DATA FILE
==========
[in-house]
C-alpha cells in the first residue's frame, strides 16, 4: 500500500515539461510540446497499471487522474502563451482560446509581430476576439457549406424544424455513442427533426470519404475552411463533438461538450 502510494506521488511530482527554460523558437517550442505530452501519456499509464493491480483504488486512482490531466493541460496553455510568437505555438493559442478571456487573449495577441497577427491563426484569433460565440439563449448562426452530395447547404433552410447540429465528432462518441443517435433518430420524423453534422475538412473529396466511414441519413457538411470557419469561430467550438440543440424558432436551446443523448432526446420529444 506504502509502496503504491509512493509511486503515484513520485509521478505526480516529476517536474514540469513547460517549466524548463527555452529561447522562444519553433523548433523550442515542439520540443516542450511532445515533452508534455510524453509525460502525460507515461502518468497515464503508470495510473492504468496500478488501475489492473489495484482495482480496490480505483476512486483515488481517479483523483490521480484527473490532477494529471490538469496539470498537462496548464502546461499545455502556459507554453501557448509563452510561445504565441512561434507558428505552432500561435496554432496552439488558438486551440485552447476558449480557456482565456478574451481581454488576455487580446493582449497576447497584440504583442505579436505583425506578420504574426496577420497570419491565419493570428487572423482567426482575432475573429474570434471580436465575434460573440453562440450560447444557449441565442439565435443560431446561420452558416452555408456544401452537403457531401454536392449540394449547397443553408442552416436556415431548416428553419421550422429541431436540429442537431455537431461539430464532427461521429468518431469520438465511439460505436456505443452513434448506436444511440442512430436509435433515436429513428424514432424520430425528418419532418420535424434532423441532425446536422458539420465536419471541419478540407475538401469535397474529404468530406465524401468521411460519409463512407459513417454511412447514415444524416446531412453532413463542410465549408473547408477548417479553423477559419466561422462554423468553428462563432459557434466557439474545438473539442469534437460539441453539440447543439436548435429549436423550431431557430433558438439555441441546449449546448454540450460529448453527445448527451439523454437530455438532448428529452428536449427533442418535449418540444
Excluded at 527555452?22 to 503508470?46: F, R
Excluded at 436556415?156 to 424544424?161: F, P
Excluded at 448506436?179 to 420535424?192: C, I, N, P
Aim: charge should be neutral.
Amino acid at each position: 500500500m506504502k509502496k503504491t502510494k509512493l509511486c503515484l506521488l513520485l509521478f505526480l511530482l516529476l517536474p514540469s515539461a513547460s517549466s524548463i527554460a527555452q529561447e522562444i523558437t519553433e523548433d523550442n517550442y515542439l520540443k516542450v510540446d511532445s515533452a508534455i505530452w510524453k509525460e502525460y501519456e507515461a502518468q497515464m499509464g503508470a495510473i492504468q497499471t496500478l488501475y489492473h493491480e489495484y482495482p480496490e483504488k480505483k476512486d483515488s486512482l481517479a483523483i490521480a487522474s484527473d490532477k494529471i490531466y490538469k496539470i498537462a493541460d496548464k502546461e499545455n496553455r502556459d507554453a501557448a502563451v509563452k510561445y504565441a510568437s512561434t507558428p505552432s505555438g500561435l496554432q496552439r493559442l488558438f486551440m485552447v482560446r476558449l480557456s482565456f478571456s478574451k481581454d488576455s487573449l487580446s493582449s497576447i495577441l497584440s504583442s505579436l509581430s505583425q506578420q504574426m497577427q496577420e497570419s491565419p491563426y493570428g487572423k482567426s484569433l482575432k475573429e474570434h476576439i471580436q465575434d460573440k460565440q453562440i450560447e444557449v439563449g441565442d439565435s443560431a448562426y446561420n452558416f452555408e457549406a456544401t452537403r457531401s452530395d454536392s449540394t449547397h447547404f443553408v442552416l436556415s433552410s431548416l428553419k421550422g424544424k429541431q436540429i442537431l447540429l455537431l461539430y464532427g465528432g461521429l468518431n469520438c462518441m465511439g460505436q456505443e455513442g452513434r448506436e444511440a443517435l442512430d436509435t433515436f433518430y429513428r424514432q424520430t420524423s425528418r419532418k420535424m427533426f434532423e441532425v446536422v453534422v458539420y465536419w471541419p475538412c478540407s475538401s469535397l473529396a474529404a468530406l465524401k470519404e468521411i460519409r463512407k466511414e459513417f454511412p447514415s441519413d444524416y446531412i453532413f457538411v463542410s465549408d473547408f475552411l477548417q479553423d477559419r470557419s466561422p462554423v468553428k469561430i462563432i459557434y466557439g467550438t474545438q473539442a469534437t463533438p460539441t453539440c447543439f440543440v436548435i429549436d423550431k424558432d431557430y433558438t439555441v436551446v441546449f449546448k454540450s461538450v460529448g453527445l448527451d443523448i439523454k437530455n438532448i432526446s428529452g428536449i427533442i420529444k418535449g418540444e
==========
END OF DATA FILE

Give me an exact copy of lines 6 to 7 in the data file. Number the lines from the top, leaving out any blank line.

Aim: charge should be neutral.
Amino acid at each position: 500500500m506504502k509502496k503504491t502510494k509512493l509511486c503515484l506521488l513520485l509521478f505526480l511530482l516529476l517536474p514540469s515539461a513547460s517549466s524548463i527554460a527555452q529561447e522562444i523558437t519553433e523548433d523550442n517550442y515542439l520540443k516542450v510540446d511532445s515533452a508534455i505530452w510524453k509525460e502525460y501519456e507515461a502518468q497515464m499509464g503508470a495510473i492504468q497499471t496500478l488501475y489492473h493491480e489495484y482495482p480496490e483504488k480505483k476512486d483515488s486512482l481517479a483523483i490521480a487522474s484527473d490532477k494529471i490531466y490538469k496539470i498537462a493541460d496548464k502546461e499545455n496553455r502556459d507554453a501557448a502563451v509563452k510561445y504565441a510568437s512561434t507558428p505552432s505555438g500561435l496554432q496552439r493559442l488558438f486551440m485552447v482560446r476558449l480557456s482565456f478571456s478574451k481581454d488576455s487573449l487580446s493582449s497576447i495577441l497584440s504583442s505579436l509581430s505583425q506578420q504574426m497577427q496577420e497570419s491565419p491563426y493570428g487572423k482567426s484569433l482575432k475573429e474570434h476576439i471580436q465575434d460573440k460565440q453562440i450560447e444557449v439563449g441565442d439565435s443560431a448562426y446561420n452558416f452555408e457549406a456544401t452537403r457531401s452530395d454536392s449540394t449547397h447547404f443553408v442552416l436556415s433552410s431548416l428553419k421550422g424544424k429541431q436540429i442537431l447540429l455537431l461539430y464532427g465528432g461521429l468518431n469520438c462518441m465511439g460505436q456505443e455513442g452513434r448506436e444511440a443517435l442512430d436509435t433515436f433518430y429513428r424514432q424520430t420524423s425528418r419532418k420535424m427533426f434532423e441532425v446536422v453534422v458539420y465536419w471541419p475538412c478540407s475538401s469535397l473529396a474529404a468530406l465524401k470519404e468521411i460519409r463512407k466511414e459513417f454511412p447514415s441519413d444524416y446531412i453532413f457538411v463542410s465549408d473547408f475552411l477548417q479553423d477559419r470557419s466561422p462554423v468553428k469561430i462563432i459557434y466557439g467550438t474545438q473539442a469534437t463533438p460539441t453539440c447543439f440543440v436548435i429549436d423550431k424558432d431557430y433558438t439555441v436551446v441546449f449546448k454540450s461538450v460529448g453527445l448527451d443523448i439523454k437530455n438532448i432526446s428529452g428536449i427533442i420529444k418535449g418540444e